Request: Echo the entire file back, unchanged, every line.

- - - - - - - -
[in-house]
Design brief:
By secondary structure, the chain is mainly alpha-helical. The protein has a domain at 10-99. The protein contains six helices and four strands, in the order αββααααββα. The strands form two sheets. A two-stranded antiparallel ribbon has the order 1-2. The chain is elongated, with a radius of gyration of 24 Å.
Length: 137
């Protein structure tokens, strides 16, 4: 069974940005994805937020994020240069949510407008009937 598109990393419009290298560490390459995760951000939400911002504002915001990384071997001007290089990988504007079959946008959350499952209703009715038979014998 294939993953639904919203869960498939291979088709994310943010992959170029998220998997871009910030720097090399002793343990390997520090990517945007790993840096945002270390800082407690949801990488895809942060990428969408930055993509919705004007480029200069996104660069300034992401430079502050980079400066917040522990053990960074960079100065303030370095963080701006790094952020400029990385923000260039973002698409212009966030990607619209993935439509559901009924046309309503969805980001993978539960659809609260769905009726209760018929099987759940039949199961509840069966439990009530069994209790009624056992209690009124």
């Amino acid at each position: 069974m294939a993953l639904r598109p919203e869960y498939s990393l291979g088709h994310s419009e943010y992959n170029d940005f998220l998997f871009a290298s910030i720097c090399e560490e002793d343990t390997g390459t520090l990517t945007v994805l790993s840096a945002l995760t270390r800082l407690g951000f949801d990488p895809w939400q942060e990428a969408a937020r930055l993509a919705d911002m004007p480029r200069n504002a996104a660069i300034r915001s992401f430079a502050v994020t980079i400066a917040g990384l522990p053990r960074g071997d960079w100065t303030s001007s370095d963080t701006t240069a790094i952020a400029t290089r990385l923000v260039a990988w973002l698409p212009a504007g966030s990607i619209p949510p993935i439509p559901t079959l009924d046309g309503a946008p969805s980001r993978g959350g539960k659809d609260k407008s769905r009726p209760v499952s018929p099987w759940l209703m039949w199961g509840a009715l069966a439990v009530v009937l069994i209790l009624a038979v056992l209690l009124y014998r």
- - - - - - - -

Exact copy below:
[in-house]
Design brief:
By secondary structure, the chain is mainly alpha-helical. The protein has a domain at 10-99. The protein contains six helices and four strands, in the order αββααααββα. The strands form two sheets. A two-stranded antiparallel ribbon has the order 1-2. The chain is elongated, with a radius of gyration of 24 Å.
Length: 137
């Protein structure tokens, strides 16, 4: 069974940005994805937020994020240069949510407008009937 598109990393419009290298560490390459995760951000939400911002504002915001990384071997001007290089990988504007079959946008959350499952209703009715038979014998 294939993953639904919203869960498939291979088709994310943010992959170029998220998997871009910030720097090399002793343990390997520090990517945007790993840096945002270390800082407690949801990488895809942060990428969408930055993509919705004007480029200069996104660069300034992401430079502050980079400066917040522990053990960074960079100065303030370095963080701006790094952020400029990385923000260039973002698409212009966030990607619209993935439509559901009924046309309503969805980001993978539960659809609260769905009726209760018929099987759940039949199961509840069966439990009530069994209790009624056992209690009124």
């Amino acid at each position: 069974m294939a993953l639904r598109p919203e869960y498939s990393l291979g088709h994310s419009e943010y992959n170029d940005f998220l998997f871009a290298s910030i720097c090399e560490e002793d343990t390997g390459t520090l990517t945007v994805l790993s840096a945002l995760t270390r800082l407690g951000f949801d990488p895809w939400q942060e990428a969408a937020r930055l993509a919705d911002m004007p480029r200069n504002a996104a660069i300034r915001s992401f430079a502050v994020t980079i400066a917040g990384l522990p053990r960074g071997d960079w100065t303030s001007s370095d963080t701006t240069a790094i952020a400029t290089r990385l923000v260039a990988w973002l698409p212009a504007g966030s990607i619209p949510p993935i439509p559901t079959l009924d046309g309503a946008p969805s980001r993978g959350g539960k659809d609260k407008s769905r009726p209760v499952s018929p099987w759940l209703m039949w199961g509840a009715l069966a439990v009530v009937l069994i209790l009624a038979v056992l209690l009124y014998r």